Procter & Gamble is the world's largest consumer packaged goods company, which means it has the potential to be one of the environment's biggest enemies. So investors may be surprised to learn that the company is one of the greenest and most ambitious on the third rock from the sun. By 2025, P&G wants to reduce packaging by 20% per consumer use, truck transportation by 20%, replace one-fourth of its packaging with renewable materials, and source 30% of its energy needs from renewable sources.

Featured project: P&G is working toward a long-term goal to power all of its manufacturing plants with 100% renewable energy. To my knowledge, no other global company has announced such an ambitious goal. I have toured the company's Mehoopany, Penn., facility -- its second-largest in the world -- several times and each time I returned I was greeted by new energy projects and production floor upgrades. So, while 100% seems like a broken promise waiting to happen, I am cautiously optimistic P&G can make it happen. Reaching such a target would have a tremendous impact on the company's GhG emissions. Consider that using 52% less energy since 2002 has resulted in a 54% cut to the company's direct CO2 emissions.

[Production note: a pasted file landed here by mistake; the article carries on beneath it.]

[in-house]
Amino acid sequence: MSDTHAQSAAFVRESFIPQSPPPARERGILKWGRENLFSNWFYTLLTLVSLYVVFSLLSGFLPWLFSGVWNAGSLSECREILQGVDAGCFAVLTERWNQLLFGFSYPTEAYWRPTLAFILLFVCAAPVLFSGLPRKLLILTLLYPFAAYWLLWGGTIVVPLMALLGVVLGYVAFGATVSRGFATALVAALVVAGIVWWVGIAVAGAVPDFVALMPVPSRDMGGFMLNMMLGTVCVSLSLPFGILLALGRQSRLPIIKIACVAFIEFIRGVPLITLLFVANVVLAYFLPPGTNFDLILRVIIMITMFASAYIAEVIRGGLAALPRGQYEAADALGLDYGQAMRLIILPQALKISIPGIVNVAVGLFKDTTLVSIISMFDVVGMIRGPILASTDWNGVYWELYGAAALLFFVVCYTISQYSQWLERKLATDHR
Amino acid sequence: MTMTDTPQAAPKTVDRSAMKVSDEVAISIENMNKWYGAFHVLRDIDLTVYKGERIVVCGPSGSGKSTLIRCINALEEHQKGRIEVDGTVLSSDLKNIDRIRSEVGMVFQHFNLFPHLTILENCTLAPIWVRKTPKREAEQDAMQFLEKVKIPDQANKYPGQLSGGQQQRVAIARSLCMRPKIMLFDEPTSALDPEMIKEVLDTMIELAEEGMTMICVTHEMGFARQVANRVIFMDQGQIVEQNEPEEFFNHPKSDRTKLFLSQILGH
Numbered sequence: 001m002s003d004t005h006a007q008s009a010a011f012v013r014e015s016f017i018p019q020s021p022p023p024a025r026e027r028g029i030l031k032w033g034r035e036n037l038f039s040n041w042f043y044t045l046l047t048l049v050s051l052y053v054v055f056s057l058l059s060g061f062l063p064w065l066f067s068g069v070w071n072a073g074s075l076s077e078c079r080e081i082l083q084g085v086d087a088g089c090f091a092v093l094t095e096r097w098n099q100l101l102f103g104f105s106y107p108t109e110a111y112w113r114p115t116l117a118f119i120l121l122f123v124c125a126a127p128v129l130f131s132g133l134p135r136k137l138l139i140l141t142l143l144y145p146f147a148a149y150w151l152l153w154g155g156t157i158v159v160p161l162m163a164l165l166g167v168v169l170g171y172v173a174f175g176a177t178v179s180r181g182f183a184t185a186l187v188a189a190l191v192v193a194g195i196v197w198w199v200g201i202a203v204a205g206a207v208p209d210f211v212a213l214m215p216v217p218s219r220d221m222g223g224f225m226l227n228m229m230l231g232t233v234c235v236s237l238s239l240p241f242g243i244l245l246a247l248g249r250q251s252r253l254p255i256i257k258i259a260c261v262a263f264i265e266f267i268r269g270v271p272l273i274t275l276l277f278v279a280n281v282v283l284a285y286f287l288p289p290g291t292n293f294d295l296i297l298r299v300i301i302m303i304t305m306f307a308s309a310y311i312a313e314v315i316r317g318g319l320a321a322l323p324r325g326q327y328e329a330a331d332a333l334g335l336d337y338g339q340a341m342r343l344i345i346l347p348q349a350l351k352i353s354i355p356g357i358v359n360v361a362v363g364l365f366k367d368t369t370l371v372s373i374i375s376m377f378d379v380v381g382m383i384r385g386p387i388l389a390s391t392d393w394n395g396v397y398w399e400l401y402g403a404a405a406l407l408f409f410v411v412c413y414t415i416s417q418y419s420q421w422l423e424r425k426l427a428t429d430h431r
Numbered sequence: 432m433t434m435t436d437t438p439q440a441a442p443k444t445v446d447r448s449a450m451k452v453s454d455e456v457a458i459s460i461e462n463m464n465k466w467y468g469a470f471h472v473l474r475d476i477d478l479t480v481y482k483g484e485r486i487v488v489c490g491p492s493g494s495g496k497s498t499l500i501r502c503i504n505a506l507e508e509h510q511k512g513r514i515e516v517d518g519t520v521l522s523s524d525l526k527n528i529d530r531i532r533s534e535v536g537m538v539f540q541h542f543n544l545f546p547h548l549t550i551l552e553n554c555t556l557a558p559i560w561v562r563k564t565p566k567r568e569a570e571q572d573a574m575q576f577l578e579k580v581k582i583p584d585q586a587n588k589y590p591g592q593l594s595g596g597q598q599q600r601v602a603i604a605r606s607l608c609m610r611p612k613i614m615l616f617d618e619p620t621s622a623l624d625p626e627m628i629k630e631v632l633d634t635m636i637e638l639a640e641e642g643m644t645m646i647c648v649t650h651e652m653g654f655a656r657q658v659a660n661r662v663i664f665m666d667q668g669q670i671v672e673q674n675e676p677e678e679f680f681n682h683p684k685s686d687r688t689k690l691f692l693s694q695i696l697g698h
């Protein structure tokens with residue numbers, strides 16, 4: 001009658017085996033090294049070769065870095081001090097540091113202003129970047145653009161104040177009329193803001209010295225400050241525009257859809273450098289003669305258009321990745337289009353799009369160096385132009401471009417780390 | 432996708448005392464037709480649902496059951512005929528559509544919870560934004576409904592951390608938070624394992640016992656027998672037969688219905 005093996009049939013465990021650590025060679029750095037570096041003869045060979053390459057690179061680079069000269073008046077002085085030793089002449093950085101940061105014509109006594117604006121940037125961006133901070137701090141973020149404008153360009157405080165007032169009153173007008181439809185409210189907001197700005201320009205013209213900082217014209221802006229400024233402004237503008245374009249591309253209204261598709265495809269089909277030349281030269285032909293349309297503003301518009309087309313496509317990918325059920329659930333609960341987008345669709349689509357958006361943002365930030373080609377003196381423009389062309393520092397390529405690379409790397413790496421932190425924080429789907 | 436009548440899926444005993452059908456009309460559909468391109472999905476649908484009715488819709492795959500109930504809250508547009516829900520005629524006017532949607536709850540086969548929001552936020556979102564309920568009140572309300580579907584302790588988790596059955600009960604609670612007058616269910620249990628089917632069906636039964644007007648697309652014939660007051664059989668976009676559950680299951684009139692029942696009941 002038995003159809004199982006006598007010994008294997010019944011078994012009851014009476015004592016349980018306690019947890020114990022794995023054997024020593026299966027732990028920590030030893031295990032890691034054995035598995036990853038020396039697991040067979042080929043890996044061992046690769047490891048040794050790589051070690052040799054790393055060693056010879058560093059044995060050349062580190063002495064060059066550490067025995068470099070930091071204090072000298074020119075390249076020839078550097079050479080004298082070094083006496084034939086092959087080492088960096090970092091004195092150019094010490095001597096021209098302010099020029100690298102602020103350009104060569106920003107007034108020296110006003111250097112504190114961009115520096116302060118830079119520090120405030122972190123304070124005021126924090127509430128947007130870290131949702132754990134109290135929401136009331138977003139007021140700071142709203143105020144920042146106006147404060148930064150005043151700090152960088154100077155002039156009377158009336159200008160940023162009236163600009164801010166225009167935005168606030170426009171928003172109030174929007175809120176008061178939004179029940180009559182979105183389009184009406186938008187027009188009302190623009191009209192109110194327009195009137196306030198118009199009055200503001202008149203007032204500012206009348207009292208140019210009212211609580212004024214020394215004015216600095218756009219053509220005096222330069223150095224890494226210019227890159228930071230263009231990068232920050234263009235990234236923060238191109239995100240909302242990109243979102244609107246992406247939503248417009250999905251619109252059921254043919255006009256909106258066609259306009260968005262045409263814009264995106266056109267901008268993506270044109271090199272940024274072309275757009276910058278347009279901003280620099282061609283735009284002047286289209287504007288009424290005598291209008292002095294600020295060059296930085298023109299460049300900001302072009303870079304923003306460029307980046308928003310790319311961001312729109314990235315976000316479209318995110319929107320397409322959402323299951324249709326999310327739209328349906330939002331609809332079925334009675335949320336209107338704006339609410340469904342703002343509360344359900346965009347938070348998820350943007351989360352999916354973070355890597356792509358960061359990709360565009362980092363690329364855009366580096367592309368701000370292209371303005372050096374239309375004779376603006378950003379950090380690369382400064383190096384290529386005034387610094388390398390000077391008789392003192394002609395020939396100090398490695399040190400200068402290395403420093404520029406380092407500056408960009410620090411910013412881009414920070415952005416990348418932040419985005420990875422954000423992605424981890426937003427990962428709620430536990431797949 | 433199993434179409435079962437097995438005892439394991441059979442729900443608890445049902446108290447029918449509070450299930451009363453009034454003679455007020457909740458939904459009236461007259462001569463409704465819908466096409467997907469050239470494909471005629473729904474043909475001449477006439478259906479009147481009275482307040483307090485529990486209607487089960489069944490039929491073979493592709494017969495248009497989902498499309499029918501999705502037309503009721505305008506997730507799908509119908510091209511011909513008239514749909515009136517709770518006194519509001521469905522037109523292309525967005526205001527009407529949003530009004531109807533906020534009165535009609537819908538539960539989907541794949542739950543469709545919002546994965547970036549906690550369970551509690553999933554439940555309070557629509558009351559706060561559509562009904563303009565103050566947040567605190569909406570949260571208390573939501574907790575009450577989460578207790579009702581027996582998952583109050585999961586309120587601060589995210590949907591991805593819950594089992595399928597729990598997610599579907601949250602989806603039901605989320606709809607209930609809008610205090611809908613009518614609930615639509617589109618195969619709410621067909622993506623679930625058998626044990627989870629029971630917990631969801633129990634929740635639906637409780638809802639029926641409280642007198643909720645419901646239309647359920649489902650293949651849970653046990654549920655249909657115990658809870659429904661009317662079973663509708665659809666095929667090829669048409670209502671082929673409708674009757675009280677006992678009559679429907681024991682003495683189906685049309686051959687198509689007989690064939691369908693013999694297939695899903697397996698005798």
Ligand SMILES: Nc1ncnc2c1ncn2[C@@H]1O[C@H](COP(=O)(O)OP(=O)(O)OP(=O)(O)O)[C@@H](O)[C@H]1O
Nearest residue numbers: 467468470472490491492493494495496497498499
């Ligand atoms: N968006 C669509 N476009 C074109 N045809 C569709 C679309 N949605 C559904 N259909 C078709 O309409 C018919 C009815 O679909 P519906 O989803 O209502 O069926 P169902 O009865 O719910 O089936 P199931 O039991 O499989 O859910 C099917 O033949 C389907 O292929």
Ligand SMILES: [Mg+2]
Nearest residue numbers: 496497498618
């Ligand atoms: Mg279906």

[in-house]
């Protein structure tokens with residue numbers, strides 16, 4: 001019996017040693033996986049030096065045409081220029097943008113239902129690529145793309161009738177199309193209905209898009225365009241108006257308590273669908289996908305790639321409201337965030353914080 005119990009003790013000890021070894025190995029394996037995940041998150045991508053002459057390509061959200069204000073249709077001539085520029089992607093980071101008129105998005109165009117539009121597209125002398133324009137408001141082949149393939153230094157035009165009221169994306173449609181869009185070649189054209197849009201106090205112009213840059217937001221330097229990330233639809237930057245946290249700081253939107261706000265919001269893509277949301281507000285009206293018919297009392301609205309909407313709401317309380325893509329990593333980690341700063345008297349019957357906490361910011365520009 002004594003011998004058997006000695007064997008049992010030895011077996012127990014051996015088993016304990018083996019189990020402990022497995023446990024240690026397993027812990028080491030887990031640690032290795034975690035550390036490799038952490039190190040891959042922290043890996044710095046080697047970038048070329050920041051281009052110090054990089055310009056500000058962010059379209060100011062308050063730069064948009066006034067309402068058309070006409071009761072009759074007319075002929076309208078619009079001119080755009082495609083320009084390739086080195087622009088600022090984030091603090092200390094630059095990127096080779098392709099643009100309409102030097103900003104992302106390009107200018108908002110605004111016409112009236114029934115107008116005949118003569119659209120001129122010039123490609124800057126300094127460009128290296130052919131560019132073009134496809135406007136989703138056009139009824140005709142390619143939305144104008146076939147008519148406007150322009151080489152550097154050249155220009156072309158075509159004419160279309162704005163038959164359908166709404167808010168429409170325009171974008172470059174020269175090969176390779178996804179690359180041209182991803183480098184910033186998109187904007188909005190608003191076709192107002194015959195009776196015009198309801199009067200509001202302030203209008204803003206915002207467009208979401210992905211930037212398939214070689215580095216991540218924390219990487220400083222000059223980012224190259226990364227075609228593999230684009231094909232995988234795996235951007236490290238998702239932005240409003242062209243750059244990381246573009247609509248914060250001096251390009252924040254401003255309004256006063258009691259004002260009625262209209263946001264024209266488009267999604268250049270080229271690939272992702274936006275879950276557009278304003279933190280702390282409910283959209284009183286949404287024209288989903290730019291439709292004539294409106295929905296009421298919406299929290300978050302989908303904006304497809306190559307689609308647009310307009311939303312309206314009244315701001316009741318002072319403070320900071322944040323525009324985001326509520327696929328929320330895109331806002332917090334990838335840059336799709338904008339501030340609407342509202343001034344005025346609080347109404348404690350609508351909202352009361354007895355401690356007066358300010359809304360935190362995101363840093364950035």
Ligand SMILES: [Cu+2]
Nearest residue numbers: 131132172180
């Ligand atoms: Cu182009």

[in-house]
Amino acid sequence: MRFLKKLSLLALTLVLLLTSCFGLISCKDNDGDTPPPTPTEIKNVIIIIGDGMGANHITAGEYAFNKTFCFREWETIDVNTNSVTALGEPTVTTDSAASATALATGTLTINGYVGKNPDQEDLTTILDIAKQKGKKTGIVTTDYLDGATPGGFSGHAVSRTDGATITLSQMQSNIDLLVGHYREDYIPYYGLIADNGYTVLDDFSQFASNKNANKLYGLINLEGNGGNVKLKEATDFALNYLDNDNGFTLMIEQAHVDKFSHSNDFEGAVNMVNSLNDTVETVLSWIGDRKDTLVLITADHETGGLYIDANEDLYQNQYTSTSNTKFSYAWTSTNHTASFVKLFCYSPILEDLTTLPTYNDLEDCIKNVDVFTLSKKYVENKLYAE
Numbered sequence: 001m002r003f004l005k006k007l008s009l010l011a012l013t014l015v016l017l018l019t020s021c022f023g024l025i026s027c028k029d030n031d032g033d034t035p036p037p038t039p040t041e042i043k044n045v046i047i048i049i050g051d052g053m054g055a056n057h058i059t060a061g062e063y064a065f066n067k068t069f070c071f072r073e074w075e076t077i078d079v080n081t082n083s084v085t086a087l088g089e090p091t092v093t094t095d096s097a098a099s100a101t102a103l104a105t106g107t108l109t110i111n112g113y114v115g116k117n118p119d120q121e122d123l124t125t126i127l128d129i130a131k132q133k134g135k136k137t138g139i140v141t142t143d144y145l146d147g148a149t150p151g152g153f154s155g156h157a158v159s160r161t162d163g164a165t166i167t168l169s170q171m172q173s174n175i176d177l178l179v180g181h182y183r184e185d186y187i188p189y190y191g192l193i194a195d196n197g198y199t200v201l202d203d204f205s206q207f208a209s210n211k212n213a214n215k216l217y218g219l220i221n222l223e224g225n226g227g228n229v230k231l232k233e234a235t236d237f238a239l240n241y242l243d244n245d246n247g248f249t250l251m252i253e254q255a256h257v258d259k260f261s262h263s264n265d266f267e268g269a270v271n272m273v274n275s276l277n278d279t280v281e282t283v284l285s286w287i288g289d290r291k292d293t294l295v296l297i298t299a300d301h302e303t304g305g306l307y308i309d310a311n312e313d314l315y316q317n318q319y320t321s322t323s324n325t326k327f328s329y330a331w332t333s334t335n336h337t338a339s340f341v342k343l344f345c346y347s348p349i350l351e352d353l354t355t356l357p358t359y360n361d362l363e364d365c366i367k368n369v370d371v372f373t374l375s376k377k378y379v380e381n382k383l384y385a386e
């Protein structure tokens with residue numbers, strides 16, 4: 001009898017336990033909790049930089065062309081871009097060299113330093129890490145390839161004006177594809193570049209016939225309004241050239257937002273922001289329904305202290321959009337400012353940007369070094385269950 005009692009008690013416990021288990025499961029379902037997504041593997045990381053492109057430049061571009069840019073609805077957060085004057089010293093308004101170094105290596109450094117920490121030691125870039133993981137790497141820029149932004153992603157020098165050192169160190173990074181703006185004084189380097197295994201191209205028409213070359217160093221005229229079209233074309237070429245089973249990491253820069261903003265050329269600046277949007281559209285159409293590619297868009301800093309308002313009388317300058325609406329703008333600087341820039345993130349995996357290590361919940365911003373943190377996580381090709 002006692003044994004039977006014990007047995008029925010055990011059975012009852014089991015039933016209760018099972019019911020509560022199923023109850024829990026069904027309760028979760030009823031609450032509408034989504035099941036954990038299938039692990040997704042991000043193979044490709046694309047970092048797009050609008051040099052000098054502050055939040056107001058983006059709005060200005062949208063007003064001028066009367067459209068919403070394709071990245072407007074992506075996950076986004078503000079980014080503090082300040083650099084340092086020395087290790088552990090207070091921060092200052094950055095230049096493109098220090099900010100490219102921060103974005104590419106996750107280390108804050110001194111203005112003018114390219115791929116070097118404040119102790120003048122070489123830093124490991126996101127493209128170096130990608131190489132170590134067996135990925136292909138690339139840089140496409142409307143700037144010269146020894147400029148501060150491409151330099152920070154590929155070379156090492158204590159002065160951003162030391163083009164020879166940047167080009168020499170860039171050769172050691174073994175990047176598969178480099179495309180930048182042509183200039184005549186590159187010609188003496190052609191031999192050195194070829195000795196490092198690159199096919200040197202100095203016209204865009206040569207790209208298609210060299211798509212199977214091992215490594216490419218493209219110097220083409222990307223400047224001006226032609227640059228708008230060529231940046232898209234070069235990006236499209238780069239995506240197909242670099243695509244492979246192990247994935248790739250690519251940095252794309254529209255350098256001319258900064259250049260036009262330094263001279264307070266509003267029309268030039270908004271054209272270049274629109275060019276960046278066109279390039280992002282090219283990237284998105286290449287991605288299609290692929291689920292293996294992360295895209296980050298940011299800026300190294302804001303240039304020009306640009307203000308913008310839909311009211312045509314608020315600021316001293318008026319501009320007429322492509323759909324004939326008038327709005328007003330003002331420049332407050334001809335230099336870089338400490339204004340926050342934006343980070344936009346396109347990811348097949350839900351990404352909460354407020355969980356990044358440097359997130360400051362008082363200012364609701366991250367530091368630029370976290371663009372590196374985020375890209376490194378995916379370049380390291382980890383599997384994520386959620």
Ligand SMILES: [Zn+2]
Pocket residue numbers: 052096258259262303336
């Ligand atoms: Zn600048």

View all of the company's social and environmental goals in their 2012 sustainability overview (link opens PDF).

Foolish bottom line
Unless the world's top climate scientists hold a press conference tomorrow and unveil a massive banner that reads "Gotcha!" I will continue to invest in companies that take steps to reduce their impact on climate change. Think about what a tax of $20 per metric ton of CO2 could do for both government (always in need of revenue) and companies (always in need of incentives). Such a tax could be gradually applied to the world's economy and have profound results. The world economy would be more efficient, more robust, less wasteful, and more thoughtful of future generations. It might be seen as one of the most forward-thinking accomplishments in human history.